Information on Radon

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Q: What is radon and why is it a concern?

Radon is a colorless, odorless, tasteless radioactive gas that comes from the breakdown of naturally occurring uranium in the soil and rock. Radon enters homes through openings that in contact with the ground like cracks in the foundation and slab, opening around pipes and sump pumps. Radon is the second leading cause of lung cancer in the U.S.A. resulting in 15,000-22,000 deaths per year. The more radon you are exposed to and the longer the exposure, the greater the risk of eventually developing lung cancer. The New Jersey Department of Environmental Protection (DEP) recommends that all homes be tested for radon.

Q: How do you test for Radon?

A single term test of 2 – 7 days can be used to determine the radon level in your home. Usually done at the time of of the home inspection and should be carried out by a licensed technician. The licensed technician will install the test canister and pick it up.

Q: How is the test conducted and what are the requirements?

Normally for a real estate transaction, a charcoal canister is placed in the lowest potential livable level of the home. This would include the first floor of a home without a basement, a finished or unfinished basement. All windows and doors in the house should be closed 12 hours prior to the placement of the test canister and throughout duration of the test. Doors can be opened for exit and entry, but not left open. Please note all windows on every level of the home that should be closed, not just those in the basement. Air conditioning units can be used if they circulate inside air. Attic, window fans and fireplaces should not be used during the test.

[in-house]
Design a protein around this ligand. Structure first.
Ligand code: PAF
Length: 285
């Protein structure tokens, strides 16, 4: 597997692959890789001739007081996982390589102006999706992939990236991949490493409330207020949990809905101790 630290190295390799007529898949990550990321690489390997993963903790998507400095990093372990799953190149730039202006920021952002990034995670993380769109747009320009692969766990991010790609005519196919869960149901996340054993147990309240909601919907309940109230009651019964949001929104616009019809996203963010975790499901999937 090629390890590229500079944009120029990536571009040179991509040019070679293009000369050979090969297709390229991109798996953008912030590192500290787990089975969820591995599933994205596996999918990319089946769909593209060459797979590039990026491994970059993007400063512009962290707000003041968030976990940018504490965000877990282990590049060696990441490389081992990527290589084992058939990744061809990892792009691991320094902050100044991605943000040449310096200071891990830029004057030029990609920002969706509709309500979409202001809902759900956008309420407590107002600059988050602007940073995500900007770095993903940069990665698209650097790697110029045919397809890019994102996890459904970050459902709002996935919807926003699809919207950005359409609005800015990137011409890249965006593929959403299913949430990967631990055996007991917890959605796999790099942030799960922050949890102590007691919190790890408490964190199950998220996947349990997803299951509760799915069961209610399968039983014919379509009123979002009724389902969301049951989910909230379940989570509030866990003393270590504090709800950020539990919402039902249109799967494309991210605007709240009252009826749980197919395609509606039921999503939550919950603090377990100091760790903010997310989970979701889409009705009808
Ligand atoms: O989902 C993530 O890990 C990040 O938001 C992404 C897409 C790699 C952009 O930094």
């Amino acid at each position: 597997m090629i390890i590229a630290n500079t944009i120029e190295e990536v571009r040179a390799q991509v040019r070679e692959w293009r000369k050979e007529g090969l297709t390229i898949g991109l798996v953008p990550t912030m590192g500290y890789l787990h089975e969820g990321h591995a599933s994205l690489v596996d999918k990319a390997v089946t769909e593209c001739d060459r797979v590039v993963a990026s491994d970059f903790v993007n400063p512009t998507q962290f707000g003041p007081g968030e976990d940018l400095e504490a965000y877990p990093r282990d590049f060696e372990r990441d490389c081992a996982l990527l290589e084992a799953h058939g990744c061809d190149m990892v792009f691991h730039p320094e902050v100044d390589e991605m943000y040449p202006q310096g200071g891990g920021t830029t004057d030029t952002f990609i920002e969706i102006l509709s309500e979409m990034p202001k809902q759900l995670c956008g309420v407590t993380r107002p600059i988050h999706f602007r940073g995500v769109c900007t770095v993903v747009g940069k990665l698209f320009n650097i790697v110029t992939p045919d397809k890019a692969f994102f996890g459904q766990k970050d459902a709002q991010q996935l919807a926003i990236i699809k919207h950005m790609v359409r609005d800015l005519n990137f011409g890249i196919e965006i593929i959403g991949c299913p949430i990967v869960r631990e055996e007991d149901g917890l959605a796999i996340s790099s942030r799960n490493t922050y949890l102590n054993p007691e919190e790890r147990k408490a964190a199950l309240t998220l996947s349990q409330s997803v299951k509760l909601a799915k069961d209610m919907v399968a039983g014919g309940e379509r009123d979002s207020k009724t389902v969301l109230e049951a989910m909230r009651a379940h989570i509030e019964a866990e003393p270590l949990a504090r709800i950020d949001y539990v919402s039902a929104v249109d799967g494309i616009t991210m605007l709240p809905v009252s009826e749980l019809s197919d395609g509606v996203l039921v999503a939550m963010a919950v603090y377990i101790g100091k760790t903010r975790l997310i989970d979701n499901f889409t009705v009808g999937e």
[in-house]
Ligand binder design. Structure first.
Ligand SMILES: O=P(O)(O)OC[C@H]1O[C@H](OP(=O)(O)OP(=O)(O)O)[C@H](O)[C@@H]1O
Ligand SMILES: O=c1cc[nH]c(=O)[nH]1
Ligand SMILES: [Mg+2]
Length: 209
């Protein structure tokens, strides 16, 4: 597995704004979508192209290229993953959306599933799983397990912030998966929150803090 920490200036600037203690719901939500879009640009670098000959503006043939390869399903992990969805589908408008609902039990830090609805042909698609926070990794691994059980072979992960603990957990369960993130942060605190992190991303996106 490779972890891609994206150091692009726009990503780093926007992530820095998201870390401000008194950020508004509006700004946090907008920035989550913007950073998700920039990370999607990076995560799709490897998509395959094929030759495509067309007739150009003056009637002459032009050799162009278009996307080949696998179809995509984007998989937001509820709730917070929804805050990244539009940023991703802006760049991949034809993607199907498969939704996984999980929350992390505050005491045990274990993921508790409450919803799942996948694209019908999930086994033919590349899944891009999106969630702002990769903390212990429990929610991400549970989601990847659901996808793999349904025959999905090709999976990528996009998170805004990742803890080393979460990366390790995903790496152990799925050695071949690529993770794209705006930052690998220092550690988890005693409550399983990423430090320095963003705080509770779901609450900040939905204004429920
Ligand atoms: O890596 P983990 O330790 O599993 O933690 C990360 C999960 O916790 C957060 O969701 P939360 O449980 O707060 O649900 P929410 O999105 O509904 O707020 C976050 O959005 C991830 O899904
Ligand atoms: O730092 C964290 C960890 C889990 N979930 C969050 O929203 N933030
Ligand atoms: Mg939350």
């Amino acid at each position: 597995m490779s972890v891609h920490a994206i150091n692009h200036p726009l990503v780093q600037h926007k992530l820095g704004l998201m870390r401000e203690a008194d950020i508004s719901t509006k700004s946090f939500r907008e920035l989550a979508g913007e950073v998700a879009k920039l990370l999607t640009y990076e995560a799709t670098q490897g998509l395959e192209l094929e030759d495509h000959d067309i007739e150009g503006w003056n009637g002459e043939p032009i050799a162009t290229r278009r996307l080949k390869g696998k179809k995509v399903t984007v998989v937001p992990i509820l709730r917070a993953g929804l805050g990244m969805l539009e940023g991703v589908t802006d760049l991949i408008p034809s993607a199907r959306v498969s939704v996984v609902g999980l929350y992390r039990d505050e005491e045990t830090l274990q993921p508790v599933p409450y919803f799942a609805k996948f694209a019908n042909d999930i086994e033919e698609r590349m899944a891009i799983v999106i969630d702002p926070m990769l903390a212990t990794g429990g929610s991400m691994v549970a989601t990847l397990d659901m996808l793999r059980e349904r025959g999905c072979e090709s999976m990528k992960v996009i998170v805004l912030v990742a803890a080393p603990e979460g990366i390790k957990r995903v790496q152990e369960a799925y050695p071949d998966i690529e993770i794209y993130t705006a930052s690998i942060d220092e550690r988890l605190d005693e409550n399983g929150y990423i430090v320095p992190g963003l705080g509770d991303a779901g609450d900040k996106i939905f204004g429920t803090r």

Q: How do I interpret the results?

Radon is measured in picoCuries per liter (oCi/L). How much radon is in a liter of air? The DEP and Environmental Protection Agency (EPA) recommend that you take action to mitigate your home if the test indicates radon level over 4.0 pCi/L.

Areas of Radon Concentration New Jersey

The New Jersey Department of Environmental Protection has provided the following map that shows the various levels of radon potential throughout the state.